5. Aurora, speaking of her obsession with Morrissey, says, “You can’t help who, or what, you love.” Is she speaking solely about music, or is there a broader context for her statement? Do you agree with her?

6. Felicia works for wealthy white people cleaning their homes; Hector and Diego do construction work off the books. Are these genuine opportunities, or examples of immigrants being taken advantage of?

7. Beatriz (Felicia’s mother, Aurora’s grandmother) believes she has been visited by Our Lady of Guadalupe at a bus stop on Sunset Boulevard. Do you believe in religious visions, or is this simply a hallucination brought on by age and guilt?

8. Juan’s father, Manny, is an ex-gangster. What purpose do gangs serve for their neighborhoods? Are they the only option available for many teens, or an actual choice on the part of their members? Can people truly change, after being involved in that kind of violence?

9. Felicia knows her employers as Rick and Mrs. Calhoun, despite the fact that she becomes much closer to Mrs. Calhoun than Rick. Is the way she refers to them indicative of their relationships? Why doesn’t it change with the changing circumstances?

10. Are the Calhouns camouflaging their dysfunction with charitable acts, or are they genuinely sympathetic to Felicia? Is this an accurate portrait of their society/demographic? Are the Calhouns’ dark secrets the exception or the rule?

11. Which character was your favorite, and which was your least favorite? Which did you identify with the most?

12. The Madonnas of Echo Park has many points of view and many connections that are often revealed slowly. Did the structure of the novel enhance or detract from the reading experience? Would you change it? If so, how?


Tips to Enhance Your Book Club

1. The Madonnas of Echo Park is inspired by a childhood incident that the author can’t let go, as told in the Author’s Note. Consider it from the real Aurora’s perspective, and ask members to share a formative moment from their own childhood, in which they were refused something because of who they were or how they were perceived.

2. Several of the characters mention favorite musicians from their teen years—Aurora was obsessed with Morrissey, Angie loved Gwen Stefani and No Doubt, and Alma enjoyed Madonna. Ask members to pick an artist who was essential to their teen years and bring their favorite song by that musician to the meeting.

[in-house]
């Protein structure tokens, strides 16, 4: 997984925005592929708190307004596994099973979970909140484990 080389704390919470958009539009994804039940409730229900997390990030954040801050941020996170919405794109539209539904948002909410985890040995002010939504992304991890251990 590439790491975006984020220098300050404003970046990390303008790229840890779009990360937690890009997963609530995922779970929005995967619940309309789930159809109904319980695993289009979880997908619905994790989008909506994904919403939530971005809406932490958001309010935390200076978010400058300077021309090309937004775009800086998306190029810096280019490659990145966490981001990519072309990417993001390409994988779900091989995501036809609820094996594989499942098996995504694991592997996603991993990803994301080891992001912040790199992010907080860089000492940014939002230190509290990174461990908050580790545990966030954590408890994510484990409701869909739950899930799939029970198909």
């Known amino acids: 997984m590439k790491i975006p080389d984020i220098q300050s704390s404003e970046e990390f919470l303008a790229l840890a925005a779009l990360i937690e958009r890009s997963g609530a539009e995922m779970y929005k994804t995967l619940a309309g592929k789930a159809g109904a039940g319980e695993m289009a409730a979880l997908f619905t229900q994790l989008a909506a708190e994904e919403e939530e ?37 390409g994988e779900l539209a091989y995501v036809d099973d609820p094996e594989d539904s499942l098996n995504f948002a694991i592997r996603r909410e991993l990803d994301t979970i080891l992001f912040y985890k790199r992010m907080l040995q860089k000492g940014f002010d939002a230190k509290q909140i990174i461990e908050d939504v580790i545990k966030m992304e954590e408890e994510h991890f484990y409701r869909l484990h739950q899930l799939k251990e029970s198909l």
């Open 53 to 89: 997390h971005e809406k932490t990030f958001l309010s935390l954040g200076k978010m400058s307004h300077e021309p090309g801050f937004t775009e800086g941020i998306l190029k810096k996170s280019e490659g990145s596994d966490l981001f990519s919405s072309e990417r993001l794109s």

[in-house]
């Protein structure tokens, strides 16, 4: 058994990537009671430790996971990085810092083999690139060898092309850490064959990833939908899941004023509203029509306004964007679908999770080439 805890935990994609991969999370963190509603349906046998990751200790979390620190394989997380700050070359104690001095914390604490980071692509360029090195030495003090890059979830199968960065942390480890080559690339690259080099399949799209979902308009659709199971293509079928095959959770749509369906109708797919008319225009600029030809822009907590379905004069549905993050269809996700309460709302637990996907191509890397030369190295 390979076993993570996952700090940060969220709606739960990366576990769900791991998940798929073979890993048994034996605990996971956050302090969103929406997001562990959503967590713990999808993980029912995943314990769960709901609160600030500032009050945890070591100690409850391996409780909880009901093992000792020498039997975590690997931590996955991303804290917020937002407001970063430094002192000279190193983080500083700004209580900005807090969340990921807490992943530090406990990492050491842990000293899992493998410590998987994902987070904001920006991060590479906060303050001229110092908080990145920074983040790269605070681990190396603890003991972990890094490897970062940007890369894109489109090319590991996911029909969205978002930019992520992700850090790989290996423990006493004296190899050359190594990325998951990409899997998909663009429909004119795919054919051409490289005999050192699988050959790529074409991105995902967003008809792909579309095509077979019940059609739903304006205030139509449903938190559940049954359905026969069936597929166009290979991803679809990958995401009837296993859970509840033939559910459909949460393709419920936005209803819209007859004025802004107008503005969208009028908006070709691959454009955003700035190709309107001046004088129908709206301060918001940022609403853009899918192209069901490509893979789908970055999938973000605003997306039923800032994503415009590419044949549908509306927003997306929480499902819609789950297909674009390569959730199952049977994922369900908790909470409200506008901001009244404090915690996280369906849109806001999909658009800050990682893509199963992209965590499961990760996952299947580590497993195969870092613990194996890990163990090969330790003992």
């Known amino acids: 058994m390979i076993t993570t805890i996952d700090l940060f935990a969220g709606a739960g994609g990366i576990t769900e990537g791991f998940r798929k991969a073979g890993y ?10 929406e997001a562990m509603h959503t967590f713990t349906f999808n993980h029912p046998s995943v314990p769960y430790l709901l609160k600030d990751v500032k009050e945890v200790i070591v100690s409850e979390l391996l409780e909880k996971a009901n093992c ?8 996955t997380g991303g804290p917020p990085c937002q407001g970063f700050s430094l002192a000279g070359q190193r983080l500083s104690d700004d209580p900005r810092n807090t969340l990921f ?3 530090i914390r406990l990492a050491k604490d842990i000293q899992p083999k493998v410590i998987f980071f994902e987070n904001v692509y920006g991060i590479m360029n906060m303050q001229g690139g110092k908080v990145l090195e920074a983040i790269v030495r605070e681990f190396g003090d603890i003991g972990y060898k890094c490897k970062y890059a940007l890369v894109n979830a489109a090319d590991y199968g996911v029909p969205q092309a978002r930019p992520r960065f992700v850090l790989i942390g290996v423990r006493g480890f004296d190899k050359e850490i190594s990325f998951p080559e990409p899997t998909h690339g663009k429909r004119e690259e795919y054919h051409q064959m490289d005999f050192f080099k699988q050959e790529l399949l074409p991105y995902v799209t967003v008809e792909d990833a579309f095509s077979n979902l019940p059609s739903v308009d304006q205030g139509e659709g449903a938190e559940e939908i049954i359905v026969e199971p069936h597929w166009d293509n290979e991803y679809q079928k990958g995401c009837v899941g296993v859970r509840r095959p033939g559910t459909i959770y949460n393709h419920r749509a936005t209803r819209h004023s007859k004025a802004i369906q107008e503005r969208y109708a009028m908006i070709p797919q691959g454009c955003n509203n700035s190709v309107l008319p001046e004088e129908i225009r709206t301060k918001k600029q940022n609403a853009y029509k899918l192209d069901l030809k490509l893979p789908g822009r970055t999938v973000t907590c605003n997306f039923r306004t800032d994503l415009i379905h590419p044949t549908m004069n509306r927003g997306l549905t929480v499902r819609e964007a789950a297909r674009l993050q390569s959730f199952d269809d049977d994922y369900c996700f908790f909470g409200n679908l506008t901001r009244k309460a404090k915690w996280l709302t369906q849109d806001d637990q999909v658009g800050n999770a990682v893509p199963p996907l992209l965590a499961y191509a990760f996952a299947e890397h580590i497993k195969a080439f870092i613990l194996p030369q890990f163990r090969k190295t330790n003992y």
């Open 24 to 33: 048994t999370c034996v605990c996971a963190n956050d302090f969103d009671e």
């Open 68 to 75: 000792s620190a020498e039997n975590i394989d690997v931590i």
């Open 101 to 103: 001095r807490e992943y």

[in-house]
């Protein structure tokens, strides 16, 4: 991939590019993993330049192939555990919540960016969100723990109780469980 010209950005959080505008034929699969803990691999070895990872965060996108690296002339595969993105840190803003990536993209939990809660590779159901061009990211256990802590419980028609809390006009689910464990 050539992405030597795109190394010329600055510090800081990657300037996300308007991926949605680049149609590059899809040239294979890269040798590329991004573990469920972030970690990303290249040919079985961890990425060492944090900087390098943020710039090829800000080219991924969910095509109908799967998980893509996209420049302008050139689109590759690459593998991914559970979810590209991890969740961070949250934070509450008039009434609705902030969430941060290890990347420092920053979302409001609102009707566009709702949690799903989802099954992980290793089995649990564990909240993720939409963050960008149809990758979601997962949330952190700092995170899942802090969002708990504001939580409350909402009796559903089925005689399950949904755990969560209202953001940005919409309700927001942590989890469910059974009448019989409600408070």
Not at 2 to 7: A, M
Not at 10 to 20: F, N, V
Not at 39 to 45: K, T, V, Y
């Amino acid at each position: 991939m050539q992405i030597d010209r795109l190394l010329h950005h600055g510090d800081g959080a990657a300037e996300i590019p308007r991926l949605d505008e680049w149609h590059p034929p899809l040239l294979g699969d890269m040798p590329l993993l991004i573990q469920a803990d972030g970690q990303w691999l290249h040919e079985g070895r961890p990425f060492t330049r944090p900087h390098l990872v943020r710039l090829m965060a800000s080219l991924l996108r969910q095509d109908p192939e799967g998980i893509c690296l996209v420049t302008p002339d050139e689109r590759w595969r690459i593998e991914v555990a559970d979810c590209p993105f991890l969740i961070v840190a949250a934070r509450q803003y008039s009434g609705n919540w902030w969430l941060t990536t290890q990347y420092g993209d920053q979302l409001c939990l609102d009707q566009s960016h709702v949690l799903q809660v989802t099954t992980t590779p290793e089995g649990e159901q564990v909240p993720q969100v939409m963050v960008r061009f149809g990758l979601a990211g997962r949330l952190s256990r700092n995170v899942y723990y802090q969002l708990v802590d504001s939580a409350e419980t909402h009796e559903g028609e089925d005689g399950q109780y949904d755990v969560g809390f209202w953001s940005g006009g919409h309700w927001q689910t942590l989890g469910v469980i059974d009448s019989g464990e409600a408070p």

3. Immigration reform is a perennial topic in American politics, with many calling for more aggressive laws while others believe that more leeway should be allowed. Have members vote anonymously on immigration reform—stricter or more relaxed—and discuss the results.

4. Have a book club movie night: watch A Day Without a Mexican, in which the entire Hispanic population of California disappears. How does the portrayal of Angelinos, both white and Hispanic, compare with The Madonnas of Echo Park?

5. Ask each member to select their own Echo Park, a real place that they would write about, to discuss with the group.


A Conversation with Brando Skyhorse

1. The Madonnas of Echo Park opens with a fictional Author’s Note, recounting an invented childhood incident that is the inspiration for the novel, and is a story in itself. Why did you choose to open with a fictionalized Author’s Note? 

I’m fascinated by books where the author inserts himself into the narrative.  Less fascinating, though, are the results, which often reduce the potential of an intriguing idea down to something that seems artificial.  What’s missing in many of these attempts is a sense of urgency or actual risk.  Why is the author putting themselves into their own book?  What do they gain as a writer, and what do we gain as readers from the experience?